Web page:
Brexit leader Nigel Farage was visited by police officers Monday, warning him to observe the “essential travel” rules after he reported on illegal boat migrants arriving in Dover.
On Monday, Brexit Party Leader Nigel Farage went to the port at Dover and filmed the Border Force bringing a group of migrants “including a very young baby” to shore.
Yet after continuing his work as a politician-turned-journalist to expose the “scandal” of Britain’s borders remaining open at a time where the rest of the country is closed, Mr Farage said that “two police officers just knocked on my door to advise me on essential travel.”
“They had received a complaint that I had been to Dover to report on the illegal migrant scandal taking place,” Farage said, adding: “What a total waste of time and money.”
The national lockdown measures that were imposed on the country allow exceptions to the restriction of movement for certain key workers including “journalists and broadcasters who are providing public service broadcasting.”
Police forces across the country have been accused of overzealous enforcement of the national lockdown. Last week, it was revealed that the Crown Prosecution Service will review every charge, conviction, and sentence that have been brought under the Coronavirus Act following a string of wrongful convictions.
In his film at Dover, Mr Farage blamed the inaction of the Home Office for the growing “scandal” of illegal boat migrants landing on British shores during the Chinese coronavirus crisis.
“The Border Force is supposed to protect our borders, not be a taxi service for illegal immigrants and yet that’s what the Home Office are telling them what to do,” Mr Farage said.
Mr Farage lamented the “enormous risks people are taking”, but cautioned that it should be remembered that all of this is “organised by criminal trafficking gangs”.
“Remember that even if some of these people qualify as refugees, you claim refugee status in the first safe country you come to. France is a safe country, and I do just get the feeling that we are being so weak about this… that if already over a thousand people have come this year… goodness knows what this figure is going to be,” the Brexit Party leader added.
“If we get a calm summer, they are going to start coming in much much bigger vessels, and we’ve got to get a grip on this,” Mr Farage warned.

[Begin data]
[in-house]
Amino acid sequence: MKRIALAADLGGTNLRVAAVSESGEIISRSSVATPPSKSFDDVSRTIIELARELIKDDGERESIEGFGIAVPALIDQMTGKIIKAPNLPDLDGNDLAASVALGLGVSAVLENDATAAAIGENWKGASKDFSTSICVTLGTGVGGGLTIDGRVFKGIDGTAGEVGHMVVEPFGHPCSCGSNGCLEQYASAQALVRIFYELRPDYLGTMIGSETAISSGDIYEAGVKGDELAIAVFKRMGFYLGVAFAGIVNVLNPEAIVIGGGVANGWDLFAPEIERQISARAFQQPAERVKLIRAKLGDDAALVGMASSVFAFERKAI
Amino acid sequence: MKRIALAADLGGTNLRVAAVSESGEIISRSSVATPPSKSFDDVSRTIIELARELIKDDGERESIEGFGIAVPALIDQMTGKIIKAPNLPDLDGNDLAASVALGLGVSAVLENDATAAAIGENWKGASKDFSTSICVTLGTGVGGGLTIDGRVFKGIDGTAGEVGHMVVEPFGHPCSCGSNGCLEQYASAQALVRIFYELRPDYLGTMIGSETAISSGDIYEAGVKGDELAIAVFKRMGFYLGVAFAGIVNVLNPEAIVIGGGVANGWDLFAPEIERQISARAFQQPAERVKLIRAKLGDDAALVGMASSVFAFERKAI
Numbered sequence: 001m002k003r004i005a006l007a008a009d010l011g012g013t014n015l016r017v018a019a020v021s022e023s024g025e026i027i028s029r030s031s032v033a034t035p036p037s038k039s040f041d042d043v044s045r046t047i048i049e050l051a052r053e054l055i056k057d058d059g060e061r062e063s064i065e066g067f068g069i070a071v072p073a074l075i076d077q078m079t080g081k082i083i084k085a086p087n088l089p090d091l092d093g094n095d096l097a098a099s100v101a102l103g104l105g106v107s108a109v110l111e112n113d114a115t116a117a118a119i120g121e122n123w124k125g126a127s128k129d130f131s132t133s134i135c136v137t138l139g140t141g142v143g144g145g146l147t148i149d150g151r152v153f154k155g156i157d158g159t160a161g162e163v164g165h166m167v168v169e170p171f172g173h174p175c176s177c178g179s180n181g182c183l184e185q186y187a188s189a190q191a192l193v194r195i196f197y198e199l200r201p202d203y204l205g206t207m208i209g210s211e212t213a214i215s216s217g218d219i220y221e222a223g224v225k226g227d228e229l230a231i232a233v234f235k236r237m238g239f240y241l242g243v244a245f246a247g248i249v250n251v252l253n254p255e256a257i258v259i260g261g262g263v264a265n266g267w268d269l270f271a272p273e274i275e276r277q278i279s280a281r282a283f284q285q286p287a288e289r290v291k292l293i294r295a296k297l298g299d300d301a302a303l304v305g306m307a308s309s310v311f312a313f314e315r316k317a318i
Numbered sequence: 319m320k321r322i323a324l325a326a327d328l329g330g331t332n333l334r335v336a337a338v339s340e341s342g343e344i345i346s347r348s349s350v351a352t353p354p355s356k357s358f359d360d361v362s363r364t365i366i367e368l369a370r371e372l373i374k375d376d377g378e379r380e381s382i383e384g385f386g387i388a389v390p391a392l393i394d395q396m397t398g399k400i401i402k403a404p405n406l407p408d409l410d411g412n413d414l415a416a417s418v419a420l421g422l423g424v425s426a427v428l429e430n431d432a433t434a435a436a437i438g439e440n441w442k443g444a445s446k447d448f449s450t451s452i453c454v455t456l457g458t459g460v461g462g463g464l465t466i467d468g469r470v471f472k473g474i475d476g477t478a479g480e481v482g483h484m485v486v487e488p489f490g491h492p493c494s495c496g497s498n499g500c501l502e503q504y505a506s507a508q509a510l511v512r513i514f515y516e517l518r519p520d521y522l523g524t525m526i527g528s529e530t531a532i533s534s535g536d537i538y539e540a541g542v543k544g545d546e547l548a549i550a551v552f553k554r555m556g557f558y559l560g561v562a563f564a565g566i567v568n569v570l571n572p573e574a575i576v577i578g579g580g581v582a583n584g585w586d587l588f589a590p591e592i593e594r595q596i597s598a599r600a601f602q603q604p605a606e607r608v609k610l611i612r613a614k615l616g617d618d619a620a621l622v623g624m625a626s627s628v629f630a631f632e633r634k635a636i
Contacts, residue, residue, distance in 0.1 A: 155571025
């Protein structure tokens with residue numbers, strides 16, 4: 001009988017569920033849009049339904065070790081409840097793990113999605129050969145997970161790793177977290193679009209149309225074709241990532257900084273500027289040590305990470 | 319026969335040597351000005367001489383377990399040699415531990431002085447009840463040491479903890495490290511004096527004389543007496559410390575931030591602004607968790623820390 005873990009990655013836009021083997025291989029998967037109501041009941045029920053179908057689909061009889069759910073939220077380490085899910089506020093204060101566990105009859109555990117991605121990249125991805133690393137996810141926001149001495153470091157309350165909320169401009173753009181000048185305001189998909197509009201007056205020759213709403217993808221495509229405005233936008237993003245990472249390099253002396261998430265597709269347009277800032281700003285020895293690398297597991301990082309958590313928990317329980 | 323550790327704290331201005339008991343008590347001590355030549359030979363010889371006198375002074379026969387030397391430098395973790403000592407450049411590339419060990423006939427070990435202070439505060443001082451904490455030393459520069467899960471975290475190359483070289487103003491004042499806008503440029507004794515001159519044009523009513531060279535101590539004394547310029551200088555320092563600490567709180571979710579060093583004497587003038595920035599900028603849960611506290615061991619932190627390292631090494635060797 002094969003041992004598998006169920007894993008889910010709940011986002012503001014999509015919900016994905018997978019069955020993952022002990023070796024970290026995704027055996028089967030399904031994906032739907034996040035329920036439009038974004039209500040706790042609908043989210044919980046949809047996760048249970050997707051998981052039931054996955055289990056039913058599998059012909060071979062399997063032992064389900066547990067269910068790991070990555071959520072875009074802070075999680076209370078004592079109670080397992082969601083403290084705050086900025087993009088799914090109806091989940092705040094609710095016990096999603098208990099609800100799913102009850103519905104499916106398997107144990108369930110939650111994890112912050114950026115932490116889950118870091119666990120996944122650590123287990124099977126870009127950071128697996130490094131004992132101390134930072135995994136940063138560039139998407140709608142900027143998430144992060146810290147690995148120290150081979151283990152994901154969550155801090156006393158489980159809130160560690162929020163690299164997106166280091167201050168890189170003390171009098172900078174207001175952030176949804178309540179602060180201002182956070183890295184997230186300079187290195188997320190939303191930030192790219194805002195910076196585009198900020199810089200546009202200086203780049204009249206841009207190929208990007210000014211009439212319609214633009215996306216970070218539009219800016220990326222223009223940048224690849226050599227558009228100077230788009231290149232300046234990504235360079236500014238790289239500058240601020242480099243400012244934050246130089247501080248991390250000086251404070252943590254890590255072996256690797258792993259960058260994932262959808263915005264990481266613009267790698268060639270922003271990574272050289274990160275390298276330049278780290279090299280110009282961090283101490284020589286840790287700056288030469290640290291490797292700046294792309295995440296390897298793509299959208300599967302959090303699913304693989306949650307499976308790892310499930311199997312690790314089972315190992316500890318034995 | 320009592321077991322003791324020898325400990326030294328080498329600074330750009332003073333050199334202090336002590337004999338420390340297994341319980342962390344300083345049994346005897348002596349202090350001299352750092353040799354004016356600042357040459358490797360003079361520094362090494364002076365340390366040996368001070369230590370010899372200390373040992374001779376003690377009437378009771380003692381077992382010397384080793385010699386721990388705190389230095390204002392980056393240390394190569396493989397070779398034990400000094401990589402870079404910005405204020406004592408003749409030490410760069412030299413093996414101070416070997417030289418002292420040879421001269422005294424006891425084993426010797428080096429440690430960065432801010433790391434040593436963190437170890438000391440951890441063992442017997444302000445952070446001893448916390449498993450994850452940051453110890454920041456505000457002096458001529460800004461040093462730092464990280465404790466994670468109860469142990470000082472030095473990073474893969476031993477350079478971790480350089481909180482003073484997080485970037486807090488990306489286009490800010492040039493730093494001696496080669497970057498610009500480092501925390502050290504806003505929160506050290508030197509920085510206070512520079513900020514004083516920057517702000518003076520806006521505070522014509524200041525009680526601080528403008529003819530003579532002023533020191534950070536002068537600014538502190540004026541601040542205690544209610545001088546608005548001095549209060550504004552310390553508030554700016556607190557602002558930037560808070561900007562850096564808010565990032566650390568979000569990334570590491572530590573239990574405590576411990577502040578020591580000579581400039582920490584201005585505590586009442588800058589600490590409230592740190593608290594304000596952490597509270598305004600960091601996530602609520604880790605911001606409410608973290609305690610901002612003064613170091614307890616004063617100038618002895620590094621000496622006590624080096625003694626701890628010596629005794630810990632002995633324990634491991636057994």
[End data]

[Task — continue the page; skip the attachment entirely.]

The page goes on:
The veteran political campaigner, who also serves as an ad hoc journalist as the host of his own LBC radio programme, was following up previous reporting from the beaches of East Sussex, where he interviewed locals who said illegal migrants met and sea or received onshore are just the tip of the iceberg, with some landing entirely undetected, unnoticed by the authorities and unreported by the press. Speaking from East Sussex, Mr Farage said: “This scandal, I think, is far bigger than anyone realises… Not one, to my knowledge, has been returned [to France] and [home secretary] Priti Patel needs to get tough.”
This earned criticism in certain quarters of the mainstream media, with Sunday Times journalist Sarah Baxter, in particular, chastising him for continuing to pursue an issue — mass immigration — with, she claimed, had now gone “right off the boil”.
“I wonder, who is out of touch here? Is it me, or is it the mainstream media?” Farage asked at the time.
On Sunday, the Border Force stopped 49 migrants attempting to cross the English Channel in three rubber dinghies, bringing them ashore at Dover. On Monday, an additional 16 migrants — claiming to be from Iraq and Iran — were brought ashore.
Meanwhile, the UK’s French counterparts stopped an additional 39 migrants on Sunday and a further 39 migrants on Monday before they were able to enter British territorial waters, meaning that over 130 migrants had set sail from France in the span of two days, the BBC reports.
Last week, Home Secretary Priti Patel spoke to her French counterpart about returning more migrants to France. However, there has been no indication from the British government that it intends to turn away migrants at the border.
Last year, 1,890 illegal boat migrants reached British shores, but the British government only deported 125 of them, despite Prime Minister Boris Johnson’s promise to send migrants back.